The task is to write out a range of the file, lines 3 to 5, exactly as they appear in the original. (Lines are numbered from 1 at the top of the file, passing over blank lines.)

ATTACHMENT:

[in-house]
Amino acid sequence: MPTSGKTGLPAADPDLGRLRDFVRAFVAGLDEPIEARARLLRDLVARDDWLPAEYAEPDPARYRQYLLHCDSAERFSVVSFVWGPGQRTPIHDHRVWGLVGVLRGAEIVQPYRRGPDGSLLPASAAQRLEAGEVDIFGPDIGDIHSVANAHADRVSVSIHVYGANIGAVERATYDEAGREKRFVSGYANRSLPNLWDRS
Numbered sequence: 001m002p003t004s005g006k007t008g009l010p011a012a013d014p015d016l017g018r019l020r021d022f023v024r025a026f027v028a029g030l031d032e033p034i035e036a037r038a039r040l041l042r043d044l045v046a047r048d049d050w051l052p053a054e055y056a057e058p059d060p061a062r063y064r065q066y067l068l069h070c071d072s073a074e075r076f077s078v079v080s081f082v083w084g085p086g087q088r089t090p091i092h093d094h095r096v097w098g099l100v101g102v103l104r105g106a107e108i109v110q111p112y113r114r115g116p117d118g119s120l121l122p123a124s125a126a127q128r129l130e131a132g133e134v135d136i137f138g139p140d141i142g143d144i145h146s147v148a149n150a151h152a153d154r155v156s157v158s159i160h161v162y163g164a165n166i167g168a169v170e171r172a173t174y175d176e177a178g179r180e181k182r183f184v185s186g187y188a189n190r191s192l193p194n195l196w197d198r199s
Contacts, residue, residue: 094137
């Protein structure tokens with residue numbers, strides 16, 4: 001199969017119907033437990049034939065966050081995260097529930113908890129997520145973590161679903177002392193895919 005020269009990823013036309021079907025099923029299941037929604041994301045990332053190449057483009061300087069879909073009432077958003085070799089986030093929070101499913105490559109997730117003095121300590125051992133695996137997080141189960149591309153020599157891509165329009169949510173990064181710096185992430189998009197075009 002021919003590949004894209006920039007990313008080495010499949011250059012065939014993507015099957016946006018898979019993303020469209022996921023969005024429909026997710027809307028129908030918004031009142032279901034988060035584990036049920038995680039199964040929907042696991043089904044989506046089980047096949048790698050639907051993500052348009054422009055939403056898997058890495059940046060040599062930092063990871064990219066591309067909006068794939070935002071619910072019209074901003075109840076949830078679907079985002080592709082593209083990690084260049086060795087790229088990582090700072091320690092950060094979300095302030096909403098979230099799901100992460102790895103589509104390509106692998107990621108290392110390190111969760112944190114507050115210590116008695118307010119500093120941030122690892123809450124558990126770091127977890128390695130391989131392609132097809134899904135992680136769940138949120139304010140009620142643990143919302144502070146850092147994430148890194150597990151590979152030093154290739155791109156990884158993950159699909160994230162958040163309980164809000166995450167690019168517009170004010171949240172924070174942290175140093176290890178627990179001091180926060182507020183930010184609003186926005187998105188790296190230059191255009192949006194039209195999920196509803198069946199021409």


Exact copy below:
Numbered sequence: 001m002p003t004s005g006k007t008g009l010p011a012a013d014p015d016l017g018r019l020r021d022f023v024r025a026f027v028a029g030l031d032e033p034i035e036a037r038a039r040l041l042r043d044l045v046a047r048d049d050w051l052p053a054e055y056a057e058p059d060p061a062r063y064r065q066y067l068l069h070c071d072s073a074e075r076f077s078v079v080s081f082v083w084g085p086g087q088r089t090p091i092h093d094h095r096v097w098g099l100v101g102v103l104r105g106a107e108i109v110q111p112y113r114r115g116p117d118g119s120l121l122p123a124s125a126a127q128r129l130e131a132g133e134v135d136i137f138g139p140d141i142g143d144i145h146s147v148a149n150a151h152a153d154r155v156s157v158s159i160h161v162y163g164a165n166i167g168a169v170e171r172a173t174y175d176e177a178g179r180e181k182r183f184v185s186g187y188a189n190r191s192l193p194n195l196w197d198r199s
Contacts, residue, residue: 094137
């Protein structure tokens with residue numbers, strides 16, 4: 001199969017119907033437990049034939065966050081995260097529930113908890129997520145973590161679903177002392193895919 005020269009990823013036309021079907025099923029299941037929604041994301045990332053190449057483009061300087069879909073009432077958003085070799089986030093929070101499913105490559109997730117003095121300590125051992133695996137997080141189960149591309153020599157891509165329009169949510173990064181710096185992430189998009197075009 002021919003590949004894209006920039007990313008080495010499949011250059012065939014993507015099957016946006018898979019993303020469209022996921023969005024429909026997710027809307028129908030918004031009142032279901034988060035584990036049920038995680039199964040929907042696991043089904044989506046089980047096949048790698050639907051993500052348009054422009055939403056898997058890495059940046060040599062930092063990871064990219066591309067909006068794939070935002071619910072019209074901003075109840076949830078679907079985002080592709082593209083990690084260049086060795087790229088990582090700072091320690092950060094979300095302030096909403098979230099799901100992460102790895103589509104390509106692998107990621108290392110390190111969760112944190114507050115210590116008695118307010119500093120941030122690892123809450124558990126770091127977890128390695130391989131392609132097809134899904135992680136769940138949120139304010140009620142643990143919302144502070146850092147994430148890194150597990151590979152030093154290739155791109156990884158993950159699909160994230162958040163309980164809000166995450167690019168517009170004010171949240172924070174942290175140093176290890178627990179001091180926060182507020183930010184609003186926005187998105188790296190230059191255009192949006194039209195999920196509803198069946199021409």